We are pleased to announce Sunday Service: Buzz Slutzky presents… Jes Fan, Trace Peterson, and Catalina Schliebener.
For the 3rd iteration of our new performance series Sunday Service, Buzz Slutzky invites artists to present experimental or in-progress works around the theme of the “Slumber Party,” relating to trans aesthetics and childhood.
You can watch footage from the evening on our MEDIA page here.
Jes Fan is a Brooklyn based artist from Hong Kong, China. Fan’s practice is based on a material inquiry into otherness as it relates to identity politics. They received a BFA in Glass from Rhode Island School of Design. Fan is the recipient of various fellowships and residencies, such as Pioneer Works Artist Residency, Edward and Sally Van Lier Fellowship at Museum of Arts and Design, CCGA Fellowship at Wheaton Arts, and John A. Chironna Memorial Award at RISD. Fan has exhibited in the United States and internationally. Selected exhibitions include No Clearance in Niche at Museum of Arts and Design (New York), Whereabouts at Glazenhuis Museum (Belgium), Material Location at Agnes Varis Gallery (New York), Ot(her) at Brown University (Providence), and Remembering Something without a Name, Chrysler Museum of Art (Virginia).
Trace Peterson is a poet, publisher, and critic. She is the author of Since I Moved In (Chax Press), Editor of EOAGH books which won the first Lammy Award in Transgender Poetry, Co-editor of the anthology Troubling the Line: Trans and Genderqueer Poetry and Poetics (Nightboat Books), and Co-editor of Arrive on Wave: Collected Poems of Gil Ott. Her writing has recently appeared in TSQ, Pen America, Posit, The Brooklyn Rail, and is forthcoming in Boston Review.
Catalina Schliebener (born in Santiago, Chile, in 1980) received her bachelor of philosophy from Universidad de Arte y Ciencias Sociales ARCIS, in Santiago. Afterwards, she studied visual arts at the same university. From 2002-2008, she worked as an assistant professor within the areas of philosophy and art theory at several universities in Chile. Schliebener’s work has been exhibited individually and collectively in galleries, museums and art fairs in Santiago de Chile, Buenos Aires, São Paulo, Lima, Belfast, Londres, Miami, Ontario and New York. She has also received scholarships granted by the Development of Culture and the Arts Fund of the Government of Chile (Fondart), the Board of Cultural Affairs of the Ministry of Foreign Relations of Chile (Dirac) as well as the Henry Moore Foundation of the United Kingdom. Recent exhibitions include the solo show, Pin the Tail at Point of Contact Gallery at Syracuse University, and the group exhibition, Queering the BibliObect at the Center for Book Arts in Manhattan. She lives and works in New York.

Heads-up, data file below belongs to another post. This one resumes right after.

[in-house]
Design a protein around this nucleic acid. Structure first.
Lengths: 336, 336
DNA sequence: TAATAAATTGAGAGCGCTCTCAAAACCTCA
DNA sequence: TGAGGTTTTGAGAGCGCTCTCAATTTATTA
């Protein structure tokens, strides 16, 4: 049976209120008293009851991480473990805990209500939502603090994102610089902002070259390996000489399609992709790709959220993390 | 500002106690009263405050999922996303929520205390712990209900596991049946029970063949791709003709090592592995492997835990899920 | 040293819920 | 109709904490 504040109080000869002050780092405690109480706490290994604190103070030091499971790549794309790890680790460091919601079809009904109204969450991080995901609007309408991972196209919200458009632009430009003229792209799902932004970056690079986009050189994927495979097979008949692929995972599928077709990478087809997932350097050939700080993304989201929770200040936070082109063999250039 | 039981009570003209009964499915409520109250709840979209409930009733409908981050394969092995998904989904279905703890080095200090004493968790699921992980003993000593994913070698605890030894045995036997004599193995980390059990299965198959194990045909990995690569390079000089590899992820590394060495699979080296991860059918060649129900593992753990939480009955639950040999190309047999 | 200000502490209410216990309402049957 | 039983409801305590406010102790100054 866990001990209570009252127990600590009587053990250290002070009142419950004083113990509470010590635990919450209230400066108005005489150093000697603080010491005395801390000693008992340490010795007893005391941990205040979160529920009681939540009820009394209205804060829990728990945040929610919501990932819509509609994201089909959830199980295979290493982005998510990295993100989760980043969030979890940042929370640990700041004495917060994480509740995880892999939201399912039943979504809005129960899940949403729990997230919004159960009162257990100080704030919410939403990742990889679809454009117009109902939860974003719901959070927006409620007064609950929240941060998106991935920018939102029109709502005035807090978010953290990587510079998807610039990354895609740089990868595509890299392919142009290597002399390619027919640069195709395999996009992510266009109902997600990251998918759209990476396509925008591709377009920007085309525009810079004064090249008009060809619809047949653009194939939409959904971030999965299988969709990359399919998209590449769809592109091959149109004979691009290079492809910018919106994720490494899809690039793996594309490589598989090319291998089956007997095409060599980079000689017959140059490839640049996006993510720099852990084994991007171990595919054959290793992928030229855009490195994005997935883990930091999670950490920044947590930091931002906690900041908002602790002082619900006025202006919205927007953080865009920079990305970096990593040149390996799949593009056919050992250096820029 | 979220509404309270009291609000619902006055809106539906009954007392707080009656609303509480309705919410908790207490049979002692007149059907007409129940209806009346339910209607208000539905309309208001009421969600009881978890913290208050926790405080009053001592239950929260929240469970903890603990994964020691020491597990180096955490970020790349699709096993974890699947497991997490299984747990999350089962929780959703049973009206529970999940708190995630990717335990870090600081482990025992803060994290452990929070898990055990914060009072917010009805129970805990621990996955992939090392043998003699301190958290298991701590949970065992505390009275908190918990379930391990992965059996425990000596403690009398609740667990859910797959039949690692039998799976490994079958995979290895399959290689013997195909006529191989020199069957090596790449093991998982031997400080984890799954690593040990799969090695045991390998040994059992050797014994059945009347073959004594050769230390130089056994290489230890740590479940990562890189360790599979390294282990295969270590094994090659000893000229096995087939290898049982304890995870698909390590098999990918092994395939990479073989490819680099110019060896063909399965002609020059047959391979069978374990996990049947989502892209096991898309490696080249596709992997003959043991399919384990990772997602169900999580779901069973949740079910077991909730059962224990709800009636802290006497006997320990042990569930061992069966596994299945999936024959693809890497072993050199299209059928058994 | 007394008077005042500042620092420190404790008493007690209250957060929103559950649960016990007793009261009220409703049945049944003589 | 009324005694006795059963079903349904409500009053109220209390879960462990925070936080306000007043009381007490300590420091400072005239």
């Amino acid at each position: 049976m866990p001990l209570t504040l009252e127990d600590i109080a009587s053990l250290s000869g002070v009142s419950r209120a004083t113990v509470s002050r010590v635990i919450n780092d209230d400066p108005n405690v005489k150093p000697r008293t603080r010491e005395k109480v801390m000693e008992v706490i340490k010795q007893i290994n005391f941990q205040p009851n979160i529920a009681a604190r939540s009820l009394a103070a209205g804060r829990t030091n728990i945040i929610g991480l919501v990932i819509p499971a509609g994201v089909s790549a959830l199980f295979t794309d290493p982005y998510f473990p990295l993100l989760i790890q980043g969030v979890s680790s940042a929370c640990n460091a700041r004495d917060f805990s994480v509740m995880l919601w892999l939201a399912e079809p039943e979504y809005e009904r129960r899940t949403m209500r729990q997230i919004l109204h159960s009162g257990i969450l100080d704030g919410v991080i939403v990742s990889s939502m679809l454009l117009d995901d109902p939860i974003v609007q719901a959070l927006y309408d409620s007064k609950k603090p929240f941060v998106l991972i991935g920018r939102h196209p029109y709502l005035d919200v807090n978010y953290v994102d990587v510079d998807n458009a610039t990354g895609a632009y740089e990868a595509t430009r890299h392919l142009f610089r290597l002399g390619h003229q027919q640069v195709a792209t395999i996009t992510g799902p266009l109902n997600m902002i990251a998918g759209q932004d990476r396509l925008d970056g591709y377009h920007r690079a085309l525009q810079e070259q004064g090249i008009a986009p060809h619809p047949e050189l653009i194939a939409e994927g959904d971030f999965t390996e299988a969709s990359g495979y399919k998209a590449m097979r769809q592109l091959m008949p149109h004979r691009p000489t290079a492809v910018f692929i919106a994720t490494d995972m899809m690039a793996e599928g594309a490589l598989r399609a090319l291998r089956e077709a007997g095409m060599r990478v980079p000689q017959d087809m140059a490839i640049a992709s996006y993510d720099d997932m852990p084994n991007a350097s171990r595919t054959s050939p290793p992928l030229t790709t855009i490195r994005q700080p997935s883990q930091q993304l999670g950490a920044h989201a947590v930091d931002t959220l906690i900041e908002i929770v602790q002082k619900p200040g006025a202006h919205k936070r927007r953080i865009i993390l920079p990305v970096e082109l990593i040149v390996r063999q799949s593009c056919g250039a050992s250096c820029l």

About the Curator
Buzz Slutzky is an artist, writer, and curator whose practice incorporates drawing, sculpture, performance, video, fiction, and creative nonfiction. Buzz Slutzky’s work is primarily focused on humorously investigating the relationship between individual self-identity and social/historical context. 2010-2012, Slutzky was a Curator of the Pop-Up Museum of Queer History, and has continued to organize art exhibitions relating to queerness, humor, politics, and history. Slutzky has exhibited, performed, and screened at Los Ojos, Cooper Union, Maryland Institute College of Art (MICA), Boston Center for the Arts, La Mama, MIX, Frameline, Columbia College Chicago, Mindscape Universe (Berlin), among others. Slutzky earned their BA from Sarah Lawrence College in 2010, and their MFA from Parsons the New School for Design in 2015, after which, they were a resident at the Vermont Studio Center. They currently teach a course in video post-production at the College of Staten Island, and later this year, will be a resident at the NARS Foundation in Brooklyn. www.buzzslutzky.com
About Sunday Service
Sunday Service is a curated series of short-form live performances across mediums. Taking place the first Sunday of each month in the Ready Room, a guest curator is invited to organize a salon style evening of in-progress works, performances, and presentations, anchored by a framing principle such as a question, proposition, theme, or formal structure. Sunday Service encourages works in progress and interdisciplinary endeavors showcased in a lo-fi environment to foster experimentation and critical discourse amongst peers.
Image: Annie (1982), Columbia Pictures